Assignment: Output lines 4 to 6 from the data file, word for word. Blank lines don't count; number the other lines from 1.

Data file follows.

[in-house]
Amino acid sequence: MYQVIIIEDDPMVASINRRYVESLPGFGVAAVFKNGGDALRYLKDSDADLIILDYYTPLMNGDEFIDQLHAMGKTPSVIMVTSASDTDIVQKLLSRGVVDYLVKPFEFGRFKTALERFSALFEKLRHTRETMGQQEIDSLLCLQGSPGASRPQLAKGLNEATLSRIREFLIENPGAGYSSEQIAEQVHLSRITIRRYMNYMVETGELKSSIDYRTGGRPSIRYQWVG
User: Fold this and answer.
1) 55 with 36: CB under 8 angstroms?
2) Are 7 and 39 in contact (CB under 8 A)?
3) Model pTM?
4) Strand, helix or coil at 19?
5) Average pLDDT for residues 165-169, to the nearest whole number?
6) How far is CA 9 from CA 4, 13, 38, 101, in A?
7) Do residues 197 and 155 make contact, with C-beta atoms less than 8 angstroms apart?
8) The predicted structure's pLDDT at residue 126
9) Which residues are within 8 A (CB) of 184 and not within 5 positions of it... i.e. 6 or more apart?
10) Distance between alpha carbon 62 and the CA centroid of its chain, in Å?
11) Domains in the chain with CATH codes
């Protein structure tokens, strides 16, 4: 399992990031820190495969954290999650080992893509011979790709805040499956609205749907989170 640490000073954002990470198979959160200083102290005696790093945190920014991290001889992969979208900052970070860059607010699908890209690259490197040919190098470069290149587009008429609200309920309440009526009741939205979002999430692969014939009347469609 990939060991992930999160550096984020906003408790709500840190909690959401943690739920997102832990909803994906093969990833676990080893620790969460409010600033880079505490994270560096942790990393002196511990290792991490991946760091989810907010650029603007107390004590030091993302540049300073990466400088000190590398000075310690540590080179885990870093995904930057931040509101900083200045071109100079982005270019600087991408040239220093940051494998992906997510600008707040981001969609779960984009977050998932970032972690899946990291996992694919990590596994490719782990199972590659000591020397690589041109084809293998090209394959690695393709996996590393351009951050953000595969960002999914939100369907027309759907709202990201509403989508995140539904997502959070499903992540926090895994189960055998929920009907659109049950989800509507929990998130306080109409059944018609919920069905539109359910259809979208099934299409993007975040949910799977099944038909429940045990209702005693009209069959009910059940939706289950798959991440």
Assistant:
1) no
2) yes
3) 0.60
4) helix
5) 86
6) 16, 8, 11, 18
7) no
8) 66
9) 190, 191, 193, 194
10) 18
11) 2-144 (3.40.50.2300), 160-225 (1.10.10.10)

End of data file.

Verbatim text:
1) 55 with 36: CB under 8 angstroms?
2) Are 7 and 39 in contact (CB under 8 A)?
3) Model pTM?